Robert Largan is the MP for High Peak

When I was elected last year, I fully expected my priority to be getting more infrastructure built in the North. The Conservatives won a mandate to do just that, to fundamentally reshape our economy. Coronavirus has made this task more urgent than ever before.

Rishi Sunak, the Chancellor of the Exchequer, has been leading an innovative and nimble response from the Treasury. On top of ground-breaking schemes like the Job Retention Scheme to mitigate the economic impact of Coronavirus, we have seen the launch of an ambitious project to rebuild this country over the next decade.

Building up our infrastructure is about more than funding. It is about backing British industry and workers. As I pointed out in the chamber following the Chancellor’s statement, the Government has to get it right on the nuts and bolts of delivery.

The Government has proven it is willing to put in the investment we need to get building again and improve the planning system so we can build faster. However, we need the skills to get people to do the building.

According to last year’s Engineering Construction Industry Labour Market Outlook report, 81 per cent of employers said that applicants did not have the required skills or expertise. Over half of employers identified the ageing and retiring workforce as the main cause of the skills gap in their industry. There is a clear need to train young people and retrain older people to grow the workforce we need to get building again.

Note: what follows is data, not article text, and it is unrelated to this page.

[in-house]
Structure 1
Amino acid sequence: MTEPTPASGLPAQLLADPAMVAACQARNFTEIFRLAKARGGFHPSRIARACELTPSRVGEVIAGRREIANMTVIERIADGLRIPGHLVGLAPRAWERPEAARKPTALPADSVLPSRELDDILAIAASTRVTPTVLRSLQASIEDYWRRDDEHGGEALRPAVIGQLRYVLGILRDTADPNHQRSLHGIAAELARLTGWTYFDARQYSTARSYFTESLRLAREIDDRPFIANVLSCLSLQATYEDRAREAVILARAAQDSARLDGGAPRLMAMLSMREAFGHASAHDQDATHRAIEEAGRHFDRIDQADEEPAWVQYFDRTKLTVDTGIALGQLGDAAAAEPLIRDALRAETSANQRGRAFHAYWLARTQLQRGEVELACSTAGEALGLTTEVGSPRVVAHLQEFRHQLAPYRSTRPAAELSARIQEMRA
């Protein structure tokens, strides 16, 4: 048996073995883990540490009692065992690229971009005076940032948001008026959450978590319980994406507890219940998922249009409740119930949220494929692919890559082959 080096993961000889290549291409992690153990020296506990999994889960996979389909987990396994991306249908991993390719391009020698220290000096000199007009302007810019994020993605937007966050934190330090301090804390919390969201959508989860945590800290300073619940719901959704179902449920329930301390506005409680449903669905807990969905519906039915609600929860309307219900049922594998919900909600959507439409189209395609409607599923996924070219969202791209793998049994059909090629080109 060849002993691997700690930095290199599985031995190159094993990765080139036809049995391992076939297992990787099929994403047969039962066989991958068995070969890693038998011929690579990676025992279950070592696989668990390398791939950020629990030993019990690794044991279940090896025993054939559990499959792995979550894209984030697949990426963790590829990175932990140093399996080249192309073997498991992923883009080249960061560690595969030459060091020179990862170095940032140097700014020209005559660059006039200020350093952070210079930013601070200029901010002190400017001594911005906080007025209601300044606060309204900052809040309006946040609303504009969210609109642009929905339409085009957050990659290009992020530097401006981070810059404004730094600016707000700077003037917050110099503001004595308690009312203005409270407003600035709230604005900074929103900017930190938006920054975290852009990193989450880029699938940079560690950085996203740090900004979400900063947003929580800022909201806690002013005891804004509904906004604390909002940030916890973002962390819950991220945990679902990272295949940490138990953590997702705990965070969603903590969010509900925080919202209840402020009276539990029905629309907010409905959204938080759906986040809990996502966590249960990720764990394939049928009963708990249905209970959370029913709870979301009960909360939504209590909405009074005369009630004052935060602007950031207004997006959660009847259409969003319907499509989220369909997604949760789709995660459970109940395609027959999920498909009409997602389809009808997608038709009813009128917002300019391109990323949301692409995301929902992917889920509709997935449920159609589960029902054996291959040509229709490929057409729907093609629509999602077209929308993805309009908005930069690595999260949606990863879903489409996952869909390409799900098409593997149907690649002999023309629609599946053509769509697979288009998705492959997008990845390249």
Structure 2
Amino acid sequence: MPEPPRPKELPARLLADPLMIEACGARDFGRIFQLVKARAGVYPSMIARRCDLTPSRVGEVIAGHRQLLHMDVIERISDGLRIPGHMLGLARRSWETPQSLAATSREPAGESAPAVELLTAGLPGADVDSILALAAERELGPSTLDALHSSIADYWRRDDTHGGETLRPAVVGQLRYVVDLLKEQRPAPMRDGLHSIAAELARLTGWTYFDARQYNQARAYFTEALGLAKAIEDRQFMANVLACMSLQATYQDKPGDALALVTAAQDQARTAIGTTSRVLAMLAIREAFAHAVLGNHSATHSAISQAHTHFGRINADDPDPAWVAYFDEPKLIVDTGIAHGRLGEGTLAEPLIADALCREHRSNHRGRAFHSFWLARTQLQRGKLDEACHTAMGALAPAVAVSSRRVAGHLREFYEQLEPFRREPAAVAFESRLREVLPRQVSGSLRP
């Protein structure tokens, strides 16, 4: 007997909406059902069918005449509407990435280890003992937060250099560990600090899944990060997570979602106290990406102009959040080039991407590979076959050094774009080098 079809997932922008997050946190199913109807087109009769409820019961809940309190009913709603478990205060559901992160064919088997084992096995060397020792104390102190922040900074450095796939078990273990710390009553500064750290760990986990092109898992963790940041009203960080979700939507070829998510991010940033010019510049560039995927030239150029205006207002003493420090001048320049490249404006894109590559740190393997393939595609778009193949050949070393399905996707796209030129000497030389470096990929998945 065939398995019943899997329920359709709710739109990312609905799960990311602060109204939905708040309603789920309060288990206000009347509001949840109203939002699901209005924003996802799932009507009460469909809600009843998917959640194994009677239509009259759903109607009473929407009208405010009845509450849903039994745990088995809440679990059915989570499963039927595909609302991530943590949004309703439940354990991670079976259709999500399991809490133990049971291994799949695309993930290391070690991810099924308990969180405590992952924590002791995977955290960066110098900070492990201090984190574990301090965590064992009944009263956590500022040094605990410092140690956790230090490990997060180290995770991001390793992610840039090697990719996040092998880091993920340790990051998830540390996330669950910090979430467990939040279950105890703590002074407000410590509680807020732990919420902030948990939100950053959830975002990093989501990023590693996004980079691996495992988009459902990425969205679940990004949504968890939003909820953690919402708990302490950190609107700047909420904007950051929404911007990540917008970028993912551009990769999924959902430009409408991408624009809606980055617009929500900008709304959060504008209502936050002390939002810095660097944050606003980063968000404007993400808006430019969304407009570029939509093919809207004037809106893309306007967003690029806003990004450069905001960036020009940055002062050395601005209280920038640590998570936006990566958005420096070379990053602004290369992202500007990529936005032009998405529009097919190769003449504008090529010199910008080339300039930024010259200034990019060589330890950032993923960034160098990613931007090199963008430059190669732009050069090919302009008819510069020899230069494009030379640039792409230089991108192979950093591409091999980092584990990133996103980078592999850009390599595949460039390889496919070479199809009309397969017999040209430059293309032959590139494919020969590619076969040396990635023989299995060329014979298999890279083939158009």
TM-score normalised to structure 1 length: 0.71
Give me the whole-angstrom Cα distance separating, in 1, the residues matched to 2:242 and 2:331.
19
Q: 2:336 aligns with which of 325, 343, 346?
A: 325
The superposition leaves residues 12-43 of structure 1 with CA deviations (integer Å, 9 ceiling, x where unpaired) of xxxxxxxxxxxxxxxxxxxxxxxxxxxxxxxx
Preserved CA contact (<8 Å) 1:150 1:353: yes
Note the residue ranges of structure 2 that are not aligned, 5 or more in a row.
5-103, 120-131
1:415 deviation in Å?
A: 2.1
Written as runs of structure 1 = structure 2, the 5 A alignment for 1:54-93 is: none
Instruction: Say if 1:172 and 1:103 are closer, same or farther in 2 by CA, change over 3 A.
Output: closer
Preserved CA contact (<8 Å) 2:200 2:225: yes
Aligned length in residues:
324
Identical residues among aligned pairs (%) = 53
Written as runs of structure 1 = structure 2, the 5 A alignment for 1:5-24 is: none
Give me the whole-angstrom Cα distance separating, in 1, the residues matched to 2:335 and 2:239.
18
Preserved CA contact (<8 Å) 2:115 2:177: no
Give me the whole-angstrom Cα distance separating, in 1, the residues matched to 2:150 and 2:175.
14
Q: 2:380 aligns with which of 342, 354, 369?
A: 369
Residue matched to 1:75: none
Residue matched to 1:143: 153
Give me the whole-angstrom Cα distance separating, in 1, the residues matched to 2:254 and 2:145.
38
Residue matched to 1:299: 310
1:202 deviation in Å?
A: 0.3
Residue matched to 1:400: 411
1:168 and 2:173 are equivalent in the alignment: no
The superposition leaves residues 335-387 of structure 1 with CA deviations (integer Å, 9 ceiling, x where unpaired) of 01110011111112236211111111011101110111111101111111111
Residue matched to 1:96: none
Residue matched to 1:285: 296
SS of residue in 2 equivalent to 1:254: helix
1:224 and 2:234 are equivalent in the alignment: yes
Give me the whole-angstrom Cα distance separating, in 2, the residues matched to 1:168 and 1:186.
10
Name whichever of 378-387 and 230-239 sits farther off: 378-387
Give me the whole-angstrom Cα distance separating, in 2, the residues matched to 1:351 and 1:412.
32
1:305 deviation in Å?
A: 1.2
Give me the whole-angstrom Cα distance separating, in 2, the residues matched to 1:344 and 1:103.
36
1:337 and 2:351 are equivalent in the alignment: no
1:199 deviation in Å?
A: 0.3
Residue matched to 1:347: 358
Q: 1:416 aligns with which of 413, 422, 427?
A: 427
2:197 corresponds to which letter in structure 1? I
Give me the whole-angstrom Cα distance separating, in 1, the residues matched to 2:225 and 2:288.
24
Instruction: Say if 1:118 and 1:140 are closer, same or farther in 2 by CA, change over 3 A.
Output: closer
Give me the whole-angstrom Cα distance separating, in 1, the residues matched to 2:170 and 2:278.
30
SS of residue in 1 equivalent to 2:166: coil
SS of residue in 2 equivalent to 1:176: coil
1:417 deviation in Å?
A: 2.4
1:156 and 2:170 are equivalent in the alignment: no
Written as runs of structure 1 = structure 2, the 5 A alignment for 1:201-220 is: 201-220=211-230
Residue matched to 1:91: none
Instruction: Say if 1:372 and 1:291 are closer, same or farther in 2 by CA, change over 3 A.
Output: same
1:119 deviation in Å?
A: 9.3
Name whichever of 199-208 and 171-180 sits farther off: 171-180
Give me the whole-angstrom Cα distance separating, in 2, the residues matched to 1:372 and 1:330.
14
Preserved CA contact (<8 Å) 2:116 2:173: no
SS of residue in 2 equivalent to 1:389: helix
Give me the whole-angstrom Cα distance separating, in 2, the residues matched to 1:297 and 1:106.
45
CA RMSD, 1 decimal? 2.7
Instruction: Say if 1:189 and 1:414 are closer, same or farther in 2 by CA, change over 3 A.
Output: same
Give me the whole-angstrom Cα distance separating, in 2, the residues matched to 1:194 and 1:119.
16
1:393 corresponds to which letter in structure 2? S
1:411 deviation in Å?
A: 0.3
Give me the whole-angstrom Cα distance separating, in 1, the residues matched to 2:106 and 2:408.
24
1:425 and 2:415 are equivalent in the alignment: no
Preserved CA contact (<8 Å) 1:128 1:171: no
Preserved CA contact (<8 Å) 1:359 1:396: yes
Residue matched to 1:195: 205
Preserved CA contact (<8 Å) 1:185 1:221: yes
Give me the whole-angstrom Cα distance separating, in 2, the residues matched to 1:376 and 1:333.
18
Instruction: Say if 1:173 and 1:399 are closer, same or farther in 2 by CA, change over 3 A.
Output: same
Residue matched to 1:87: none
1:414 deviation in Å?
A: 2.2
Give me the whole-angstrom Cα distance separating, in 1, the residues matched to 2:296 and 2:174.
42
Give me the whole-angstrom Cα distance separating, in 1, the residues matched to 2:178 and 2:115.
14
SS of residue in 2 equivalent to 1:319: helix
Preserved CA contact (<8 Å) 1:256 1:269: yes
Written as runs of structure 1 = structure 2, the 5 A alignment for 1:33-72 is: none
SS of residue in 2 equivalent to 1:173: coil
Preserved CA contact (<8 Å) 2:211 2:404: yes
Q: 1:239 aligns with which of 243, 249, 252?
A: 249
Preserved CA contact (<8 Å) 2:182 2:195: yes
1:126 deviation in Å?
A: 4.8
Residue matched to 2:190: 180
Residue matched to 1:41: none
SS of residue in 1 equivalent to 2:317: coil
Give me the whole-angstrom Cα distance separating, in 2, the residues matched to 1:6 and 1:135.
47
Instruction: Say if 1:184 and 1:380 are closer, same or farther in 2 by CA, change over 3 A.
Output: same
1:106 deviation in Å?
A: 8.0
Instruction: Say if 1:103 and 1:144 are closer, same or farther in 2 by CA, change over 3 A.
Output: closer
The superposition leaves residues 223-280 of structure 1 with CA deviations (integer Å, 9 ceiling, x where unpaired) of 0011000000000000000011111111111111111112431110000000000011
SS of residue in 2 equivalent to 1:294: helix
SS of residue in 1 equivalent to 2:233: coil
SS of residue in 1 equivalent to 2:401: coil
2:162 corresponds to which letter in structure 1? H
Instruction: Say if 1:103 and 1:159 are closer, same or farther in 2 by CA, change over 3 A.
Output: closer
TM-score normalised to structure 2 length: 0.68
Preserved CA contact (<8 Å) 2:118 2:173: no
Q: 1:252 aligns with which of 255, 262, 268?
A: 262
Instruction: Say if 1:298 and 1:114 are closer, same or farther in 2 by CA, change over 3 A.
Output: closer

The skills gap across the board has been holding us back for decades. It has made our economy less productive than our competitors and denied opportunities to people across our towns and regions. Without bold action, this problem will get worse. The Industrial Strategy Council estimates that 20 per cent of the workforce will be under-skilled by 2030. Instead of oversaturating our labour market with graduates, we should be boosting apprenticeships, training and retraining, and vocational and technical education.

Under Conservative-led Governments since 2010, we have seen many promising policies to invest in skills. It was good to see the Chancellor build on this progress with extra funding for subsidised jobs for young people, apprenticeships, and training schemes in the Summer Economic Update. What has been lacking, so far, is a strategic approach towards investing in our workforce.

When the Chancellor fleshes out his plan to rebuild this autumn, he should put forward a National Skills Strategy. Investment in skills needs to be well-targeted, particularly towards the industries that will get infrastructure built. This will help tie together the Government’s approach towards promoting the skills we need to maximise opportunities for job creation.

Thanks to the introduction of the Industrial Strategy, we have seen a series of Sector Deals directing investment towards the industries of the future. The same principle can be applied to skills by discussing with specific industries how to turbo-charge support for their workforce so they can grow and recruit. Infrastructure is the best place to start.

After a decade of political upheaval, the country is ready for a decade of renewal. Rebuilding our infrastructure and investing in our workers will deliver that renewal. It is about time that we followed the example of FDR’s New Deal and prove exactly how much good government is capable of achieving.